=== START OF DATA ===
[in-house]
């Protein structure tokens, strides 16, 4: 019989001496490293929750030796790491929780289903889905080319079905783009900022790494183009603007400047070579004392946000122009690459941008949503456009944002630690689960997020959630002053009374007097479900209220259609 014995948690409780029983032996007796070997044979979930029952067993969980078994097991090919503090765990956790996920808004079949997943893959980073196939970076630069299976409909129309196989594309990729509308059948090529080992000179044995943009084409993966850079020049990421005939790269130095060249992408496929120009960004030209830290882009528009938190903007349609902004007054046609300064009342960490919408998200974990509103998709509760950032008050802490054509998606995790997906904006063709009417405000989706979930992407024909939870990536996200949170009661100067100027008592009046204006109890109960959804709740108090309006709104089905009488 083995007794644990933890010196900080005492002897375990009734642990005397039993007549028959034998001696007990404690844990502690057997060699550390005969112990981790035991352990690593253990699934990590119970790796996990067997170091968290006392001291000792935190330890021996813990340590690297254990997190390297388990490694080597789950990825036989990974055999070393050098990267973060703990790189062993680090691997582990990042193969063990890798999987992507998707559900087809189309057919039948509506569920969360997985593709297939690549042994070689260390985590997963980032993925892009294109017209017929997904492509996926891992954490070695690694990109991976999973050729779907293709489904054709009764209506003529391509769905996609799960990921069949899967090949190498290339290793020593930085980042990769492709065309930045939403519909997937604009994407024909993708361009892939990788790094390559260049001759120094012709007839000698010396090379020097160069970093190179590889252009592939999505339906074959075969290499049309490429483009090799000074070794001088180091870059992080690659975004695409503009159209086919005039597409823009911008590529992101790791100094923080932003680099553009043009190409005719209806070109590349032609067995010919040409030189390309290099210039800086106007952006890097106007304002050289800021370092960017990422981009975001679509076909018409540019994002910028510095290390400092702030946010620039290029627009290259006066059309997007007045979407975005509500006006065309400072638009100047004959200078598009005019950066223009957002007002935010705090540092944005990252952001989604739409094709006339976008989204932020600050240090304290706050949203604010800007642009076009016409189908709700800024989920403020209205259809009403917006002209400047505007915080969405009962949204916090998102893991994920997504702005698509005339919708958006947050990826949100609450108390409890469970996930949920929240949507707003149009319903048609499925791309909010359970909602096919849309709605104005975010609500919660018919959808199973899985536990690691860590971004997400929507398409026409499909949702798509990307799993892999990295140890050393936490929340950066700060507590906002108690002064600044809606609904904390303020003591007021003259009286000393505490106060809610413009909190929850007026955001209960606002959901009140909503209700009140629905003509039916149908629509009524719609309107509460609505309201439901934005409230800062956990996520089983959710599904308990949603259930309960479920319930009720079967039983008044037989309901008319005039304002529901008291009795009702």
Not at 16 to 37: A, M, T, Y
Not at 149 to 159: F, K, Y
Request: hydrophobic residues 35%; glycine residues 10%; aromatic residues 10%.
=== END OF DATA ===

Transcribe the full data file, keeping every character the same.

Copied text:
[in-house]
């Protein structure tokens, strides 16, 4: 019989001496490293929750030796790491929780289903889905080319079905783009900022790494183009603007400047070579004392946000122009690459941008949503456009944002630690689960997020959630002053009374007097479900209220259609 014995948690409780029983032996007796070997044979979930029952067993969980078994097991090919503090765990956790996920808004079949997943893959980073196939970076630069299976409909129309196989594309990729509308059948090529080992000179044995943009084409993966850079020049990421005939790269130095060249992408496929120009960004030209830290882009528009938190903007349609902004007054046609300064009342960490919408998200974990509103998709509760950032008050802490054509998606995790997906904006063709009417405000989706979930992407024909939870990536996200949170009661100067100027008592009046204006109890109960959804709740108090309006709104089905009488 083995007794644990933890010196900080005492002897375990009734642990005397039993007549028959034998001696007990404690844990502690057997060699550390005969112990981790035991352990690593253990699934990590119970790796996990067997170091968290006392001291000792935190330890021996813990340590690297254990997190390297388990490694080597789950990825036989990974055999070393050098990267973060703990790189062993680090691997582990990042193969063990890798999987992507998707559900087809189309057919039948509506569920969360997985593709297939690549042994070689260390985590997963980032993925892009294109017209017929997904492509996926891992954490070695690694990109991976999973050729779907293709489904054709009764209506003529391509769905996609799960990921069949899967090949190498290339290793020593930085980042990769492709065309930045939403519909997937604009994407024909993708361009892939990788790094390559260049001759120094012709007839000698010396090379020097160069970093190179590889252009592939999505339906074959075969290499049309490429483009090799000074070794001088180091870059992080690659975004695409503009159209086919005039597409823009911008590529992101790791100094923080932003680099553009043009190409005719209806070109590349032609067995010919040409030189390309290099210039800086106007952006890097106007304002050289800021370092960017990422981009975001679509076909018409540019994002910028510095290390400092702030946010620039290029627009290259006066059309997007007045979407975005509500006006065309400072638009100047004959200078598009005019950066223009957002007002935010705090540092944005990252952001989604739409094709006339976008989204932020600050240090304290706050949203604010800007642009076009016409189908709700800024989920403020209205259809009403917006002209400047505007915080969405009962949204916090998102893991994920997504702005698509005339919708958006947050990826949100609450108390409890469970996930949920929240949507707003149009319903048609499925791309909010359970909602096919849309709605104005975010609500919660018919959808199973899985536990690691860590971004997400929507398409026409499909949702798509990307799993892999990295140890050393936490929340950066700060507590906002108690002064600044809606609904904390303020003591007021003259009286000393505490106060809610413009909190929850007026955001209960606002959901009140909503209700009140629905003509039916149908629509009524719609309107509460609505309201439901934005409230800062956990996520089983959710599904308990949603259930309960479920319930009720079967039983008044037989309901008319005039304002529901008291009795009702």
Not at 16 to 37: A, M, T, Y
Not at 149 to 159: F, K, Y
Request: hydrophobic residues 35%; glycine residues 10%; aromatic residues 10%.